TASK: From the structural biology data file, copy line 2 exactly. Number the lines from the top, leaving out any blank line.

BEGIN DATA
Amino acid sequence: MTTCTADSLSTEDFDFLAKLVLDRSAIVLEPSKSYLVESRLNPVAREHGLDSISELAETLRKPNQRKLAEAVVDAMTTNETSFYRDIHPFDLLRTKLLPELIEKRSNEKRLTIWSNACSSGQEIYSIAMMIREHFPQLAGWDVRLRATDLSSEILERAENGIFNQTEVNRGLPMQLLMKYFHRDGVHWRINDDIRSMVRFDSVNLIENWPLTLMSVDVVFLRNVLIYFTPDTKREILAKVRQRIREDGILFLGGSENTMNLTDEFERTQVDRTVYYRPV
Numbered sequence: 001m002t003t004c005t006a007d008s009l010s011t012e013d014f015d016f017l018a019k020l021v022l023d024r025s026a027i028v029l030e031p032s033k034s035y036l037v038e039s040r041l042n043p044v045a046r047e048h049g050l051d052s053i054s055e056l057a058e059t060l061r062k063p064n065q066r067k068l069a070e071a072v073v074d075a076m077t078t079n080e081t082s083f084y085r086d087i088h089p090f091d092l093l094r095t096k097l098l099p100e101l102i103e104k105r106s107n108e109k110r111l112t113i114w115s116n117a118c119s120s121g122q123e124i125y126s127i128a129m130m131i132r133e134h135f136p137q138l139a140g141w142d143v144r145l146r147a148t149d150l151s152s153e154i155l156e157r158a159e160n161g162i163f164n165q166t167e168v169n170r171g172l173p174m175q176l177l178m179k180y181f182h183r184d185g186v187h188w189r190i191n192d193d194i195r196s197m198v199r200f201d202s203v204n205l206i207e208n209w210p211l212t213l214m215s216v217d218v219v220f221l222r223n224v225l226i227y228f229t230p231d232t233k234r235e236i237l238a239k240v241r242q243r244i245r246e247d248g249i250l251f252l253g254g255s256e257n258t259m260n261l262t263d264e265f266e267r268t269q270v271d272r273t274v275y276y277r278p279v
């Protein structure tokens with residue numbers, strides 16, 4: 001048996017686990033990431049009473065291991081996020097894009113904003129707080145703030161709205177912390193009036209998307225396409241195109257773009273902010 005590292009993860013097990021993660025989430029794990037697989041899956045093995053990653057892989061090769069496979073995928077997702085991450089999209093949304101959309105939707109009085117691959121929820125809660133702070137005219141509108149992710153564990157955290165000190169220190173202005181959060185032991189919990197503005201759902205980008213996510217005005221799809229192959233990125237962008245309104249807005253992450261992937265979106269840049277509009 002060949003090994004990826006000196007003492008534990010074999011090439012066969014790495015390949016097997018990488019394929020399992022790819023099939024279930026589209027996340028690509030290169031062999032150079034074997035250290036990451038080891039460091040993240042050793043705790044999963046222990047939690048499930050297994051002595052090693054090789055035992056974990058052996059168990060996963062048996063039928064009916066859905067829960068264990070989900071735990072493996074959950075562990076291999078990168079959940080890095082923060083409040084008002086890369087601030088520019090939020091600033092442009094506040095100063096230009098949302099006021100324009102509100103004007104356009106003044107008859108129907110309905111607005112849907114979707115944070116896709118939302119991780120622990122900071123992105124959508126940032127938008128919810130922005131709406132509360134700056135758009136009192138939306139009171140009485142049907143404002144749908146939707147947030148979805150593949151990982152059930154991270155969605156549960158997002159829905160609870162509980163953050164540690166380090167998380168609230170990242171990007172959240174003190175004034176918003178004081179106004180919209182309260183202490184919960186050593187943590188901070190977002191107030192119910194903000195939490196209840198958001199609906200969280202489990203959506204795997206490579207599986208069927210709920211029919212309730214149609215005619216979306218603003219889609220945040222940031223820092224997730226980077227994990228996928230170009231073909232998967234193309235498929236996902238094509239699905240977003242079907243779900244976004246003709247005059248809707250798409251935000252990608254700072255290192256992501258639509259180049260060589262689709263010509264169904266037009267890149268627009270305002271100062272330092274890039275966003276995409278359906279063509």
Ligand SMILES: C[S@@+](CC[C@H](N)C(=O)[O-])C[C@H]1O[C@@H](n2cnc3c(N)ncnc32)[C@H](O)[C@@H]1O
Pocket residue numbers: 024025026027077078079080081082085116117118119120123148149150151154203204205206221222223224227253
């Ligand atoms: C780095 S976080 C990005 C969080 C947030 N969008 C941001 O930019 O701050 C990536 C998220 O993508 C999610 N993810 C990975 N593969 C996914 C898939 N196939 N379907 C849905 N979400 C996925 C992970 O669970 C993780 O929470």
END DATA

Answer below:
Numbered sequence: 001m002t003t004c005t006a007d008s009l010s011t012e013d014f015d016f017l018a019k020l021v022l023d024r025s026a027i028v029l030e031p032s033k034s035y036l037v038e039s040r041l042n043p044v045a046r047e048h049g050l051d052s053i054s055e056l057a058e059t060l061r062k063p064n065q066r067k068l069a070e071a072v073v074d075a076m077t078t079n080e081t082s083f084y085r086d087i088h089p090f091d092l093l094r095t096k097l098l099p100e101l102i103e104k105r106s107n108e109k110r111l112t113i114w115s116n117a118c119s120s121g122q123e124i125y126s127i128a129m130m131i132r133e134h135f136p137q138l139a140g141w142d143v144r145l146r147a148t149d150l151s152s153e154i155l156e157r158a159e160n161g162i163f164n165q166t167e168v169n170r171g172l173p174m175q176l177l178m179k180y181f182h183r184d185g186v187h188w189r190i191n192d193d194i195r196s197m198v199r200f201d202s203v204n205l206i207e208n209w210p211l212t213l214m215s216v217d218v219v220f221l222r223n224v225l226i227y228f229t230p231d232t233k234r235e236i237l238a239k240v241r242q243r244i245r246e247d248g249i250l251f252l253g254g255s256e257n258t259m260n261l262t263d264e265f266e267r268t269q270v271d272r273t274v275y276y277r278p279v